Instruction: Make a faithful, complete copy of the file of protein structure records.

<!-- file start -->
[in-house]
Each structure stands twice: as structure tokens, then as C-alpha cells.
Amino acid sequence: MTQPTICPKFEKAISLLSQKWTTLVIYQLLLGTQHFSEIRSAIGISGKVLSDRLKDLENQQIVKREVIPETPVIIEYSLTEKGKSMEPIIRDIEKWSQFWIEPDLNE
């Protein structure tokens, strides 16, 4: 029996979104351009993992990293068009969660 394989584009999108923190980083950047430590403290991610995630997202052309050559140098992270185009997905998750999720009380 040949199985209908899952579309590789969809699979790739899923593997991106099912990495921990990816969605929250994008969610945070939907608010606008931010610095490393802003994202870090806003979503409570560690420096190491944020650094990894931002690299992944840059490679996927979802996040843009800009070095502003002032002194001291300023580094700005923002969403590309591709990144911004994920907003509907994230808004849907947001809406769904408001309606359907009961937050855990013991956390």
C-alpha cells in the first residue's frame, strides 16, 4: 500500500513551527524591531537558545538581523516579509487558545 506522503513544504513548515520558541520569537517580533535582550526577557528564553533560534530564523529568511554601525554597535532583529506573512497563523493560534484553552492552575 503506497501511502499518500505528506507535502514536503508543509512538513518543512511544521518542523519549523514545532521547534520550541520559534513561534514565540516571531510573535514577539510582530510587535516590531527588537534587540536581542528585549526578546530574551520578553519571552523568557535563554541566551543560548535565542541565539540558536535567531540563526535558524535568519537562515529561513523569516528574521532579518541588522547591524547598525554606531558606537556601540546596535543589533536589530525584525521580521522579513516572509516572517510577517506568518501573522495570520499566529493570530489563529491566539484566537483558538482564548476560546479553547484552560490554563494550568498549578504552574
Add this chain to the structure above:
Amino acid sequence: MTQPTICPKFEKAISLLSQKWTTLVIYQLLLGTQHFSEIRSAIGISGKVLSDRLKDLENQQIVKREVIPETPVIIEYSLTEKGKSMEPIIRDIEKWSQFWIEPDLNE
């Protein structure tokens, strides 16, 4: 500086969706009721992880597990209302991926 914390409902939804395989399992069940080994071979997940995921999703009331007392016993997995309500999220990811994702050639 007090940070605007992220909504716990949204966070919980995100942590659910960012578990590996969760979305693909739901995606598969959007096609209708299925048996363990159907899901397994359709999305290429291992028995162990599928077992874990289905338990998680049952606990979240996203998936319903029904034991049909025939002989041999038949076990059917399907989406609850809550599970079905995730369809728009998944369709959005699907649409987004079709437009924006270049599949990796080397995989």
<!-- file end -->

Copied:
[in-house]
Each structure stands twice: as structure tokens, then as C-alpha cells.
Amino acid sequence: MTQPTICPKFEKAISLLSQKWTTLVIYQLLLGTQHFSEIRSAIGISGKVLSDRLKDLENQQIVKREVIPETPVIIEYSLTEKGKSMEPIIRDIEKWSQFWIEPDLNE
């Protein structure tokens, strides 16, 4: 029996979104351009993992990293068009969660 394989584009999108923190980083950047430590403290991610995630997202052309050559140098992270185009997905998750999720009380 040949199985209908899952579309590789969809699979790739899923593997991106099912990495921990990816969605929250994008969610945070939907608010606008931010610095490393802003994202870090806003979503409570560690420096190491944020650094990894931002690299992944840059490679996927979802996040843009800009070095502003002032002194001291300023580094700005923002969403590309591709990144911004994920907003509907994230808004849907947001809406769904408001309606359907009961937050855990013991956390």
C-alpha cells in the first residue's frame, strides 16, 4: 500500500513551527524591531537558545538581523516579509487558545 506522503513544504513548515520558541520569537517580533535582550526577557528564553533560534530564523529568511554601525554597535532583529506573512497563523493560534484553552492552575 503506497501511502499518500505528506507535502514536503508543509512538513518543512511544521518542523519549523514545532521547534520550541520559534513561534514565540516571531510573535514577539510582530510587535516590531527588537534587540536581542528585549526578546530574551520578553519571552523568557535563554541566551543560548535565542541565539540558536535567531540563526535558524535568519537562515529561513523569516528574521532579518541588522547591524547598525554606531558606537556601540546596535543589533536589530525584525521580521522579513516572509516572517510577517506568518501573522495570520499566529493570530489563529491566539484566537483558538482564548476560546479553547484552560490554563494550568498549578504552574
Add this chain to the structure above:
Amino acid sequence: MTQPTICPKFEKAISLLSQKWTTLVIYQLLLGTQHFSEIRSAIGISGKVLSDRLKDLENQQIVKREVIPETPVIIEYSLTEKGKSMEPIIRDIEKWSQFWIEPDLNE
């Protein structure tokens, strides 16, 4: 500086969706009721992880597990209302991926 914390409902939804395989399992069940080994071979997940995921999703009331007392016993997995309500999220990811994702050639 007090940070605007992220909504716990949204966070919980995100942590659910960012578990590996969760979305693909739901995606598969959007096609209708299925048996363990159907899901397994359709999305290429291992028995162990599928077992874990289905338990998680049952606990979240996203998936319903029904034991049909025939002989041999038949076990059917399907989406609850809550599970079905995730369809728009998944369709959005699907649409987004079709437009924006270049599949990796080397995989």